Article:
Targeted marketing campaigns can be risky and expensive. Though these campaigns do generate analytics, they can be difficult to adjust and change after they’ve been implemented. This shouldn’t discourage you from leveraging the potential of targeted marketing or communication strategies, though. 

Microsites are a cost-effective and flexible opportunity for you to make the most of targeted content. 

With the right microsite builder, creating a targeted content experience is easy to do. If you pick the right tool, you won’t even need to involve a web design “expert.” At Zoomforth, we believe that everyone should have the capability to design robust microsites. Best of all, there’s no pressure to get it perfectly right on the first go because microsites are easy to edit and rework so that you always see a return on what you invest. 

Creating a tailored content experience is not as difficult as it seems from a design standpoint, either. It just takes a little bit of planning and consideration of the audience you are hoping to reach. 

Start by thinking of the general audience that you are reaching. Depending on what your microsite is being used for, this may already be a very focused group of people (for example, a procurement team). Even though you’d like maximum engagement, consider those who may be interacting with your microsite at a surface level. 

This could be a sector of the market you are hoping to expand into, team members with specific concerns, or users who are least likely to move through all of your CTA’s. Here are some helpful questions to ask yourself as you break down your target audience:

  • What are some of the key demographics that will affect the way a user engages with your microsite? Age? Gender? Income? Level of education? 
  • What role or responsibilities does this target hold? What is their main concern and what content is most relevant to them? 
  • Which action items are most important for this person to move towards? 
  • What niche interests or values does my target audience become involved with?

Some, of course, are more relevant for specific tactics than others. A narrow audience creates a narrowed focus, which means you can roll out the most technical, targeted, and punchy content geared towards generating action.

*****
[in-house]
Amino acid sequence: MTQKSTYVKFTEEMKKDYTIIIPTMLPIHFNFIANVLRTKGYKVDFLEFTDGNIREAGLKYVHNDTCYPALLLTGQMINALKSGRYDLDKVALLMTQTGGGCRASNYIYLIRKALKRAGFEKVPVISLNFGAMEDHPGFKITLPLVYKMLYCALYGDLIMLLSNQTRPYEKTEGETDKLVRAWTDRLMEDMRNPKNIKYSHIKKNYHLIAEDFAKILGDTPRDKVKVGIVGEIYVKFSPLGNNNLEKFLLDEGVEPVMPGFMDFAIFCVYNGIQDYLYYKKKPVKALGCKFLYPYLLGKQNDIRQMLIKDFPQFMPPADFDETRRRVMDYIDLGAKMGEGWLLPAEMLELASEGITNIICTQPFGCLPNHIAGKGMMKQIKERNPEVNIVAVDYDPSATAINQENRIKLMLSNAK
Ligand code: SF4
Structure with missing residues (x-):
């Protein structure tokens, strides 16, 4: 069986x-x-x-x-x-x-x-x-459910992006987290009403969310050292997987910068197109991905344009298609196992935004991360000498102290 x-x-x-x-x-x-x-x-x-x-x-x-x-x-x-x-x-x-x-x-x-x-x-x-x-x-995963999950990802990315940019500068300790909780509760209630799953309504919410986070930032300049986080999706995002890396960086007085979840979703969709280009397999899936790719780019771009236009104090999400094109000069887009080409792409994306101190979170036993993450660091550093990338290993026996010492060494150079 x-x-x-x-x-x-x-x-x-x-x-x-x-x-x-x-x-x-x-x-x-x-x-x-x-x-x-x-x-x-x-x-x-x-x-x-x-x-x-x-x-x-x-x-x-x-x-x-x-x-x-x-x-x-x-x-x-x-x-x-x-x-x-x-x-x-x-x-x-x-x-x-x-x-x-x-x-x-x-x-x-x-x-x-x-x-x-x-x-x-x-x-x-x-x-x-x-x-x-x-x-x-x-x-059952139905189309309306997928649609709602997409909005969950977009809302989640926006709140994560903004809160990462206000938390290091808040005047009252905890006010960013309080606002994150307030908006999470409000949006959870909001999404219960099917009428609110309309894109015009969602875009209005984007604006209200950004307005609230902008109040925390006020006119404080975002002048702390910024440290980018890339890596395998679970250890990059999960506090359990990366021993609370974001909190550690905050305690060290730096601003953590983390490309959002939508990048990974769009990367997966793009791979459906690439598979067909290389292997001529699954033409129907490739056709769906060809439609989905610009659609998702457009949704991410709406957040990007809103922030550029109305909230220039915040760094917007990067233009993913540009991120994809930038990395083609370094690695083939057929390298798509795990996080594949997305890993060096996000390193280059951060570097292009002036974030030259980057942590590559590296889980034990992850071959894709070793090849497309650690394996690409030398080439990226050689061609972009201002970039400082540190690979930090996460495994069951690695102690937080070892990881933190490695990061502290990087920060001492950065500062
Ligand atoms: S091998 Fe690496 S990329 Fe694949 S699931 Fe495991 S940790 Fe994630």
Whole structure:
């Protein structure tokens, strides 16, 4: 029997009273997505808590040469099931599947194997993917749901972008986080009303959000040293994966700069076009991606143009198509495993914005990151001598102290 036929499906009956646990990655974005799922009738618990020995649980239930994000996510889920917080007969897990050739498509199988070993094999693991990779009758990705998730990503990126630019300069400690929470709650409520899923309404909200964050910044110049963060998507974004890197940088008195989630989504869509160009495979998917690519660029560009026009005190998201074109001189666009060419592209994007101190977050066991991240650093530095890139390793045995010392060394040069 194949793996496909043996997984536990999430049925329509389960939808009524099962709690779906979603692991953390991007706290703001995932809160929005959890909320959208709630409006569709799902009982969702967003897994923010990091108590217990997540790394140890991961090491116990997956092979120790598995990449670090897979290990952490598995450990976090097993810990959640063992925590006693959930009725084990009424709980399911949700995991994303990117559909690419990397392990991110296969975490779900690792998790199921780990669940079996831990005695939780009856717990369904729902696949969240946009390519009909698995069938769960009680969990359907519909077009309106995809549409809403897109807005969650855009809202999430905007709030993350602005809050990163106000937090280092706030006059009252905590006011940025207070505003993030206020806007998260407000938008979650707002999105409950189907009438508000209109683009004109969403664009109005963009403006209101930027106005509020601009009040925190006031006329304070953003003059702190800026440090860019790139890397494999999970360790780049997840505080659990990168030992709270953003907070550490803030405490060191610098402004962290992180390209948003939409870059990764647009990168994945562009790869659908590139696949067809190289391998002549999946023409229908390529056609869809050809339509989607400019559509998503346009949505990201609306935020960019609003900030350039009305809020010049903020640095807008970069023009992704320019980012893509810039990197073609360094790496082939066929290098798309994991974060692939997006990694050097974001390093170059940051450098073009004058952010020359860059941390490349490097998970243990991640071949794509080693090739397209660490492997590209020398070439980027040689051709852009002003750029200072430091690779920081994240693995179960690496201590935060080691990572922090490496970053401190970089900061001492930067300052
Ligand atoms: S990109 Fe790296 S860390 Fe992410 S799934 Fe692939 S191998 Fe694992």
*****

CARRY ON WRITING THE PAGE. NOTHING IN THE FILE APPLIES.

Less risk for experimentation

Looking for the opportunity to try new marketing strategies or use an updated sales approach? 

Microsites are the perfect place to experiment with your web content and communication tactics. Because these web pages are extensions of your existing web pages, there is less need to remain consistent with existing branding

Unlike websites, microsites have targeted, temporary purposes. The content featured here may not be relevant to everyone or permanently available. Creating web content for these purposes can be challenging on the main webpage because it can involve a lot of time building and breaking down what already exists on your website. 

Microsites are more forgiving. They typically have a temporary nature and there’s less content to sift through and adjust. This makes it easy to roll out content and information-rich experiences to your audience without totally straying from an established approach. If something doesn’t work, it’s easy to adjust it or scrap it and start again.

Easier to gauge the user journey

A website has lots of different content, and it can be difficult to monitor the user’s journey through your website past a surface level. Websites primarily focus on SEO so they can be the first thing a searcher sees. While the main page also offers analytics features, the nature of a microsite makes it possible for you to have access to valuable, granular-level data.

Understanding what, how, and when users engage with different content allows you to make the most out of what you create and pivot when engagement is low. Leveraging analytics is a core part of any targeted marketing strategy. Long gone are the days of depending on agencies to report back analytics, especially when using Zoomforth. 

Zoomforth’s advanced analytics not only offer the micro and macro level data you need to know, but it also keeps you in the loop about user engagement in real time. Understanding the efficacy of your targeted communication strategies has never been easier and less involved.  

Why choose microsite vs. website? Use a microsite platform like Zoomforth

You need to have a website, no question. A website is the heart of your company online. If you pick the right platform, though, you don’t need to choose. You can start implementing microsites and expand your marketing efforts more and more.

Zoomforth allows you to leverage the craft, features, and robust experience of the main webpage on a microsite. Coupling content-rich experiences with targeted information will allow you to develop a unique extension of your brand’s web presence. 

There’s no need to worry about the complication of web development, either. The drag-and-drop design platform is easy enough for any on your team to use, with no coding required! 

Make the most of your strategic web presence with Zoomforth